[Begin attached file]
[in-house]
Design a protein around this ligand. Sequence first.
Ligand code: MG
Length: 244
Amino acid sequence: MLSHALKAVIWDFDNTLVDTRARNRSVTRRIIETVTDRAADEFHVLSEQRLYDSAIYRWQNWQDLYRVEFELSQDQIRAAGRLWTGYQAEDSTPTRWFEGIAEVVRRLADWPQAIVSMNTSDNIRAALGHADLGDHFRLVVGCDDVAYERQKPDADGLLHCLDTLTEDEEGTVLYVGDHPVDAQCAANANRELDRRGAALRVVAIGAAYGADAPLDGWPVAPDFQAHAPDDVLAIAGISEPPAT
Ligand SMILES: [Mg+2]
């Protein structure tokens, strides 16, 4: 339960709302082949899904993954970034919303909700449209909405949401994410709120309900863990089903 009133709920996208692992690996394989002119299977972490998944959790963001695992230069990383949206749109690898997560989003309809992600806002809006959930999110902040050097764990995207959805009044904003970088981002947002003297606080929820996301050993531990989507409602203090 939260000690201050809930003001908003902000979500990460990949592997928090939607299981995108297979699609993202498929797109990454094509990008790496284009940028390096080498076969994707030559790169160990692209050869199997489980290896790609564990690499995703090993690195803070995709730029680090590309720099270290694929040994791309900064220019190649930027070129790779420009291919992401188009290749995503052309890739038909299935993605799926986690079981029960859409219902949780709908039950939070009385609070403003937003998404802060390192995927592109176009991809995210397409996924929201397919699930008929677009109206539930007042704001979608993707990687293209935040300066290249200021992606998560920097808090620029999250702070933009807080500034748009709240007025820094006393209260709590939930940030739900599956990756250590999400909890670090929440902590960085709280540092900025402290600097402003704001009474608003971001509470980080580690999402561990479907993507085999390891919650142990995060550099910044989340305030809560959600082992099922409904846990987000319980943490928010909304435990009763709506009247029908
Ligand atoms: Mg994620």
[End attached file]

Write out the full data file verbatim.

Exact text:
[in-house]
Design a protein around this ligand. Sequence first.
Ligand code: MG
Length: 244
Amino acid sequence: MLSHALKAVIWDFDNTLVDTRARNRSVTRRIIETVTDRAADEFHVLSEQRLYDSAIYRWQNWQDLYRVEFELSQDQIRAAGRLWTGYQAEDSTPTRWFEGIAEVVRRLADWPQAIVSMNTSDNIRAALGHADLGDHFRLVVGCDDVAYERQKPDADGLLHCLDTLTEDEEGTVLYVGDHPVDAQCAANANRELDRRGAALRVVAIGAAYGADAPLDGWPVAPDFQAHAPDDVLAIAGISEPPAT
Ligand SMILES: [Mg+2]
């Protein structure tokens, strides 16, 4: 339960709302082949899904993954970034919303909700449209909405949401994410709120309900863990089903 009133709920996208692992690996394989002119299977972490998944959790963001695992230069990383949206749109690898997560989003309809992600806002809006959930999110902040050097764990995207959805009044904003970088981002947002003297606080929820996301050993531990989507409602203090 939260000690201050809930003001908003902000979500990460990949592997928090939607299981995108297979699609993202498929797109990454094509990008790496284009940028390096080498076969994707030559790169160990692209050869199997489980290896790609564990690499995703090993690195803070995709730029680090590309720099270290694929040994791309900064220019190649930027070129790779420009291919992401188009290749995503052309890739038909299935993605799926986690079981029960859409219902949780709908039950939070009385609070403003937003998404802060390192995927592109176009991809995210397409996924929201397919699930008929677009109206539930007042704001979608993707990687293209935040300066290249200021992606998560920097808090620029999250702070933009807080500034748009709240007025820094006393209260709590939930940030739900599956990756250590999400909890670090929440902590960085709280540092900025402290600097402003704001009474608003971001509470980080580690999402561990479907993507085999390891919650142990995060550099910044989340305030809560959600082992099922409904846990987000319980943490928010909304435990009763709506009247029908
Ligand atoms: Mg994620």